AMD EPYC 9654P Genoa CPU With 96 Zen 4 Cores & 3.7 GHz Clocks Spotted In Geekbench Benchmark

Hassan Mujtaba
AMD EPYC 9654P Genoa CPU With 96 Zen 4 Cores & 3.7 GHz Clocks Spotted In Geekbench Benchmark 1

The first entry of AMD's EPYC 9654P Genoa CPU which features 96 Zen 4 cores and operates at up to 3.7 GHz has been spotted in the Geekbench benchmark.

AMD EPYC 9654P "4th Gen Genoa" CPU With 96 Zen 4 Cores & 3.7 GHz Clocks Spotted In Geekbench Benchmark

AMD EPYC 9654 will be part of the Genoa EPYC 9000 series family. The CPU will offer a total of 96 cores and 192 threads which is the maximum core count of the Genoa lineup. To get to 96 cores, AMD will be incorporating a total of up to 12 CCD's in its Genoa chip. Each CCD will feature 8 cores based on the Zen 4 architecture. This is an increase of 50% in cores and thread count versus the Milan-X 64 core and 128 thread parts. But this isn't the flagship SKU as that title is held by the EPYC 9664 which we also detailed here.

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The AMD EPYC 9654 "Genoa" CPU will feature 32 MB of L3 cache per CCD which will be shared across all Zen 4 cores within the CCD and a total of 1 MB L2 cache per core. This gives us 384 MB of L3 cache and 96 MB of L2 cache which combine to offer a massive 480 MB of cache pool available on the top SKU. For comparison, the top EPYC Milan CPU, the EPYC 7763, packs 256 MB of L3 (32 MB per CCD) & 32 MB of L2 (512 KB per core) for a total of 288 MB combined cache. That's a 67% increase in the amount of cache alone.

  • AMD EPYC 9654 (Genoa) - 384 MB L3 (32 MB Per CCD) + 96 MB L2 (1 MB Per Core) = 480 MB Cache
  • AMD EPYC 7763 (Milan) - 256 MB L3 (32 MB Per CCD) + 32 MB L2 (512 KB Per Core) = 288 MB Cache
AMD EPYC 9654P Genoa CPU clock speeds. (Image via Geekbench 5 Browser)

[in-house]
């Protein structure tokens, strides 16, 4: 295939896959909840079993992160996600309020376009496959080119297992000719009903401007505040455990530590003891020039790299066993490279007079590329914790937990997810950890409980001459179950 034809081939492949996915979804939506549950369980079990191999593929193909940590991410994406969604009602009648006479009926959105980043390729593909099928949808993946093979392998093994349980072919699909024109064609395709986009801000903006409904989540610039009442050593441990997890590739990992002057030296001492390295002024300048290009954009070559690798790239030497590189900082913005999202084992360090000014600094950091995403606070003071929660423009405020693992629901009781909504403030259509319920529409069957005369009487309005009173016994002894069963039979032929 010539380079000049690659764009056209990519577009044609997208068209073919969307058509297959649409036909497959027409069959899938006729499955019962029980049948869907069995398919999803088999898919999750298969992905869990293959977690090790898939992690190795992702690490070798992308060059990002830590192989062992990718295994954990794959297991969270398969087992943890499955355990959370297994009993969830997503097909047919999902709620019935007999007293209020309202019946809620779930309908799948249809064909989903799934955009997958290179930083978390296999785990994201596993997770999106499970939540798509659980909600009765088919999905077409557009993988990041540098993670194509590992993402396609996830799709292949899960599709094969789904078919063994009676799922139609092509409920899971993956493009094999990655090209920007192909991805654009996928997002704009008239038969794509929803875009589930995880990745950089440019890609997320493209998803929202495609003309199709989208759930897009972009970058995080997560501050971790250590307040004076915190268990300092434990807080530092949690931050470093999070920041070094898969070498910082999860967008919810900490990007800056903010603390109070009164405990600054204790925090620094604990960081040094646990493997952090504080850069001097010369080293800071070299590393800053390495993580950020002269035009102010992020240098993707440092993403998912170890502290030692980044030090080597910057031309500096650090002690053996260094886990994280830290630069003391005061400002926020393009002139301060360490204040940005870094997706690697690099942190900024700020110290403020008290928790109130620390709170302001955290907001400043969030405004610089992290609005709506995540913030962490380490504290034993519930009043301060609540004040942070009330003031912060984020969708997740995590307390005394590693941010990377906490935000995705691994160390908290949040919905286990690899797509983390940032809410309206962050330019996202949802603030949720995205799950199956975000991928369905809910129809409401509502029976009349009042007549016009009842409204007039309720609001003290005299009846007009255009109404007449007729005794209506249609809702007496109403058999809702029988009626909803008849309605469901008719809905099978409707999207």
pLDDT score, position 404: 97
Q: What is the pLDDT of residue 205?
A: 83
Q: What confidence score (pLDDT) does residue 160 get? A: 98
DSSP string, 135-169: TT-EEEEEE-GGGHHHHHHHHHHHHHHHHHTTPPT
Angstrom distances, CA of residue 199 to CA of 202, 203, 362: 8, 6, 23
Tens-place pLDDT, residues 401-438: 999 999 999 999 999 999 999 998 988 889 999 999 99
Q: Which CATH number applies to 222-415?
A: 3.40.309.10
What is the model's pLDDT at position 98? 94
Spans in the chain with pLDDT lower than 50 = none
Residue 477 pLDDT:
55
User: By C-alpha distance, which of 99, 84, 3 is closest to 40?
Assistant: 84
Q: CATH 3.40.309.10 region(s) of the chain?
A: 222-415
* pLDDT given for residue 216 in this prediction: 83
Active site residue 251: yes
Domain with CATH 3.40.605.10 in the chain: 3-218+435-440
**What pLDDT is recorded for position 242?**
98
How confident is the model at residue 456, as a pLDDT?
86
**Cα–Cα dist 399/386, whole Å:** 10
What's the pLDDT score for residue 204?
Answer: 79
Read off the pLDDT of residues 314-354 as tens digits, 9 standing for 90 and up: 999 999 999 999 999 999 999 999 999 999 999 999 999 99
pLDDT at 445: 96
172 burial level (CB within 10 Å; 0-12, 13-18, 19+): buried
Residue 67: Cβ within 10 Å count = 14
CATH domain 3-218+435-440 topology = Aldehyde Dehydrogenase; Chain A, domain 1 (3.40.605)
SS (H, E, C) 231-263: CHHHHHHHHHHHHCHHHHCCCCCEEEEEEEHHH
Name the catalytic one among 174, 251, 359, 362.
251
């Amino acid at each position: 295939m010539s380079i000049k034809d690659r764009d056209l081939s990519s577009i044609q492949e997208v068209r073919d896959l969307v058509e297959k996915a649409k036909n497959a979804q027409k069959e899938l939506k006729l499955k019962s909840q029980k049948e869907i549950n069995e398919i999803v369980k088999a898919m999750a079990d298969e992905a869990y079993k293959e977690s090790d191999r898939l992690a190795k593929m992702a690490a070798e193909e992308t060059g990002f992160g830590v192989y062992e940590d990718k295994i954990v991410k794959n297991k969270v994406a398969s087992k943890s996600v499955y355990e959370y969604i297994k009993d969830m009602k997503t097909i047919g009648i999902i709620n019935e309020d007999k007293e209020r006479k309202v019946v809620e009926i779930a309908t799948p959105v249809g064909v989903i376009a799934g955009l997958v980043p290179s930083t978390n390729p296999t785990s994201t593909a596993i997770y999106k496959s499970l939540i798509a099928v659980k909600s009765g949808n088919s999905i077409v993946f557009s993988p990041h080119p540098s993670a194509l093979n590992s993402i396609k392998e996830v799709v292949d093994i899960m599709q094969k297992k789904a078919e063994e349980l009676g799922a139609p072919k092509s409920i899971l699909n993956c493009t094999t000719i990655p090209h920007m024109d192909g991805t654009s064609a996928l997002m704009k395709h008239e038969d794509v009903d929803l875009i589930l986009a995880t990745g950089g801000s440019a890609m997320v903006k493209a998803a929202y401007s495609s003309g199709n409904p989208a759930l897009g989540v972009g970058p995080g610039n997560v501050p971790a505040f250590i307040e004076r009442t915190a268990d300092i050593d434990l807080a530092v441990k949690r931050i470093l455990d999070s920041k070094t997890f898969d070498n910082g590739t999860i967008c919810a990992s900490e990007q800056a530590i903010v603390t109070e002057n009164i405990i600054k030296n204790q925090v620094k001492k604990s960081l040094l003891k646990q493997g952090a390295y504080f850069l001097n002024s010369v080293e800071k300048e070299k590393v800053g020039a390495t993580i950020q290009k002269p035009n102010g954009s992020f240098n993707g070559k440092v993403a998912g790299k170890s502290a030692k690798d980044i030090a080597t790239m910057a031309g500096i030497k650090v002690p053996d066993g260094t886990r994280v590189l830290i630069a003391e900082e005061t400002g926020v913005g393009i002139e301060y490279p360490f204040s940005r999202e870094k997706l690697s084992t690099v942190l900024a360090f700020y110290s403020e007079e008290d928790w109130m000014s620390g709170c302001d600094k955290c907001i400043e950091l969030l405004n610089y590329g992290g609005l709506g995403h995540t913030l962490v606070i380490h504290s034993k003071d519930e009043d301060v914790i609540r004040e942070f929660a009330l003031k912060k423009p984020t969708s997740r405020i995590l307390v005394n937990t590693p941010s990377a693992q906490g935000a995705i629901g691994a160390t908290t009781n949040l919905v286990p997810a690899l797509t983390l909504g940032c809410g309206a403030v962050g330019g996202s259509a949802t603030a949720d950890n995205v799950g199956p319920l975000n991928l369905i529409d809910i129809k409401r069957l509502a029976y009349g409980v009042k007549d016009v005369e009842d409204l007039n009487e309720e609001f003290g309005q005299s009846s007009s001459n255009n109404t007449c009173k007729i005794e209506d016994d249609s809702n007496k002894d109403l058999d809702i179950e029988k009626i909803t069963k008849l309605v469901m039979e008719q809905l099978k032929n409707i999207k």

The CPU was tested on an ASUS "RS500A-E12-RS12U" server which featured a K14PA-U24 Series motherboard. Single the EPYC 9654P is a "P" SKU, it is designed for single-socket platforms. The platform did feature up to 768 GB of DDR5-4800 memory and was running on an Ubuntu 22.04.1 LTS operating system.

In terms of performance, the AMD EPYC 9654P Genoa CPU scored 1467 points in single-core and 77,251 points in multi-core tests. The single-core performance is definitely an improvement over the Zen 3 CPUs but it looks like the multi-threaded performance isn't optimized on the platform that it is currently running on. The chip still manages to beat 128 Zen 3 cores with 96 Zen 4 cores and that's honestly really good.

Intel Xeon Platinum 8468 "Sapphire Rapids" CPU Benchmarks (Geekbench 5 ST)
Single-Core
0
400
800
1200
1600
2000
2400
0
400
800
1200
1600
2000
2400
EPYC 9654P Genoa (96 Core / 192 Thread) @ 3.7 GHz
1.5k
EPYC 9664 Genoa (192 Core / 384 Thread) @ 3.51 GHz
1.5k
Xeon Platinum 8468 (96 Core / 192 Thread) @ 2.10 GHz
1.3k
EPYC 7763 (128 Core / 256 Thread) @ 3.53 GHz
1.2k
Intel Xeon Platinum 8468 "Sapphire Rapids" CPU Benchmarks (Geekbench 5 MT)
Multi-Core
0
16667
33334
50001
66668
83335
100002
0
16667
33334
50001
66668
83335
100002
EPYC 9664 Genoa (192 Core / 384 Thread) @ 3.51 GHz
96.5k
EPYC 9654P Genoa (96 Core / 192 Thread) @ 3.7 GHz
77.3k
EPYC 7763 (128 Core / 256 Thread) @ 3.53 GHz
75.5k
Xeon Platinum 8468 (96 Core / 192 Thread) @ 2.10 GHz
74.9k

With that said, AMD's EPYC 9000 "Genoa" CPU lineup for servers is going to offer a huge uplift in performance. We have already seen a partial 128-core / 256-thread configuration defeating all of the current-gen server chips so a 192-core and 384-thread dual-socket configuration is going to shatter some world records for sure. The AMD EPYC 9000 Genoa CPU lineup is expected to enter the server segment later this quarter.

News Source: Benchleaks

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